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China in a nutshell in 2013
Publication Date : 27-12-2013
Pollution and an earthquake made the headlines in China in 2013, but there was also good news on the ground and in outer space. Before we wrap up 2013, let’s take a quick look at the issues that made headlines in China over the past year.
On April 20 morning, an earthquake of magnitude 7 struck Lushan district in Ya’an, Sichuan, claiming the lives of almost 200 people while injuring 12,000 others.
On Wednesday, the groundbreaking ceremony for the post-earthquake reconstruction works was held. A total of 175 projects will be carried out with 30.1 billion yuan (US$5 billion).
Besides building houses, public amenities and basic infrastructure, the reconstruction works also include ecological restoration and prevention of geologic disasters.
China has successfully launched its fifth manned space mission in June. Shenzhou-10 astronauts, including Zhang Xiaoguang, Nie Haisheng and Wang Yaping, carried out a 15-day mission to orbit the Earth.
Meanwhile, China also launched its Chang’e-3 lunar probe this month. Following the success, the country is now planning to launch a Chang’e-5 lunar probe in 2017 to bring back soil and rock samples from the moon.
Bo Xilai indictment
Former high-flying Chinese politician Bo Xilai was handed a life sentence in September for corruption. The former Politburo member was tried at the Jinan Intermediate People’s Court in Shandong province in August for bribery, embezzlement and abuse of power.
According to the court, Bo received bribes totalling 20.44 million yuan ($3.3 million) personally or through his wife Gu Kailai and son Bo Guagua between 1999 and 2012.
He also embezzled 5 million yuan ($823,100) from a government project in 2002, and abused his power when Chongqing police probed the murder case in which Gu murdered British businessman Neil Heywood. Bo’s downfall is China’s biggest political scandal in years.
Bo appealed the court decision, but the high court later upheld his life sentence.
Shanghai Pilot Free Trade Zone
In July, the Chinese government approved the establishment of its first free trade zone in Shanghai.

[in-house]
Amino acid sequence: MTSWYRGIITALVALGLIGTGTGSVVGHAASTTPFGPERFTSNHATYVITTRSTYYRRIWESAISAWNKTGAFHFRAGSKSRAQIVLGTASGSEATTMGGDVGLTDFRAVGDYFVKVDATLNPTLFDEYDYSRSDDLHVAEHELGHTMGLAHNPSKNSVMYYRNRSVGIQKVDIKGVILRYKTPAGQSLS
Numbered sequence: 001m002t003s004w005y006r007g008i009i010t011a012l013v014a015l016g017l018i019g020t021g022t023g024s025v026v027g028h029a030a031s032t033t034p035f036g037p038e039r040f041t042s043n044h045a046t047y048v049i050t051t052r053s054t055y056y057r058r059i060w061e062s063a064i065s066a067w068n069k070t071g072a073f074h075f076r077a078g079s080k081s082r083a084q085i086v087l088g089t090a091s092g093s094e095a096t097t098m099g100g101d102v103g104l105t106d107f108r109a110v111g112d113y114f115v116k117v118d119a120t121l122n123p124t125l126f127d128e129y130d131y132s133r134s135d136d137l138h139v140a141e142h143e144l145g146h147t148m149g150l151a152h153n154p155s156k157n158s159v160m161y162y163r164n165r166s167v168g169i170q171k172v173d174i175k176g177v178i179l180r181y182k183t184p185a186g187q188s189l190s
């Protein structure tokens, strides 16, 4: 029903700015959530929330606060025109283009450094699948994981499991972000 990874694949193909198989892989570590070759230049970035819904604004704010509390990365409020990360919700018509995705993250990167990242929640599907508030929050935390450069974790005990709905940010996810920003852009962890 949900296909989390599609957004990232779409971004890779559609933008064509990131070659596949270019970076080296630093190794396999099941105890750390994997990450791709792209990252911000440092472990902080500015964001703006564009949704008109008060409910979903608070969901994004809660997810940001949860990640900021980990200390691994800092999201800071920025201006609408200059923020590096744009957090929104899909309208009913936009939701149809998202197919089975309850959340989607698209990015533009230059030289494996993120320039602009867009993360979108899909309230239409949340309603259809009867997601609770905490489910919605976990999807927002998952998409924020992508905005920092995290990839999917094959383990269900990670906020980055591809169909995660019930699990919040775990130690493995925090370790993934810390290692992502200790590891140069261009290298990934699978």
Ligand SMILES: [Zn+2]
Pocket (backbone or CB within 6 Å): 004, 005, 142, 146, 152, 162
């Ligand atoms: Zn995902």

It was launched later in September, a move that is interpreted as a test bed of the government’s economic reforms.
Among the highlights of the free trade zone are the free convertibility of the yuan under the capital account, market-set interest rates and cross-border use of yuan on a trial basis, according to the blueprint of the free trade zone.
Since the shocking milk scandal in 2008, where infant formula was tainted with melamine to falsely increase the protein content, people in China prefer imported milk to the local brands.
Many parents resorted to buying infant formula from Hong Kong, prompting the Hong Kong government to restrict milk purchase. In August, another milk scare erupted when New Zealand dairy company Fonterra recalled its products found to be contaminated with bacteria that could cause serious food poisoning.
Crackdown on waste
Since Chinese President Xi Jinping assumed office, he has emphasised on frugality to cut down extravagance and to battle pervasive corruption.
Circulars are issued from time to time to remind the government officers not to splurge on unnecessary expenses and banquets, especially during festive seasons.
As a consequence, the anti-corruption campaigns have slowed down consumption in the country. Hotels, restaurants and manufacturers of greeting cards and mooncakes, for instance, are reported to be suffering drastic loss of business.
Beginning January 1 this year, the Chinese government released the reading of air pollutants PM2.5, in addition to PM10, in 74 major cities. PM2.5 refers to the fine particles of less than 2.5 micrometres in diameter (while PM10 stands for particles of 10 micrometres or less in diameter). Measuring one-thirtieth of a human hair, PM2.5 can penetrate deep into our lungs.
The Chinese government is introducing initiatives to improve air quality but instead of a White Christmas, people experienced a “Grey Christmas” this year as 16 Chinese cities were reported to be seriously polluted on Christmas Eve.
Internationally acclaimed director Zhang Yimou finally admitted he has three children with his current wife, Chen Ting.
The Family Planning Committee of Binhu district in Wuxi, Jiangsu province, where Zhang registered “hukou” (household registration) for his children, was criticised by the public for its delay in investigating the case. The public also questioned how Zhang could flout the rules and skirt the hefty fines.
A month after Zhang made his public statement on Twitter-like Weibo, his case is still pending investigation.
Meanwhile, the Chinese government reviewed its single child policy to allow couples to have a second child if either one of them is an only child.
This is welcomed as a radical relaxation of China’s strict one-child policy to address declining birth rate and ageing population. Couples planning to have a second child are waiting eagerly for the local governments to implement this exception, which is expected to be enforced in some areas of China in the first quarter of 2014.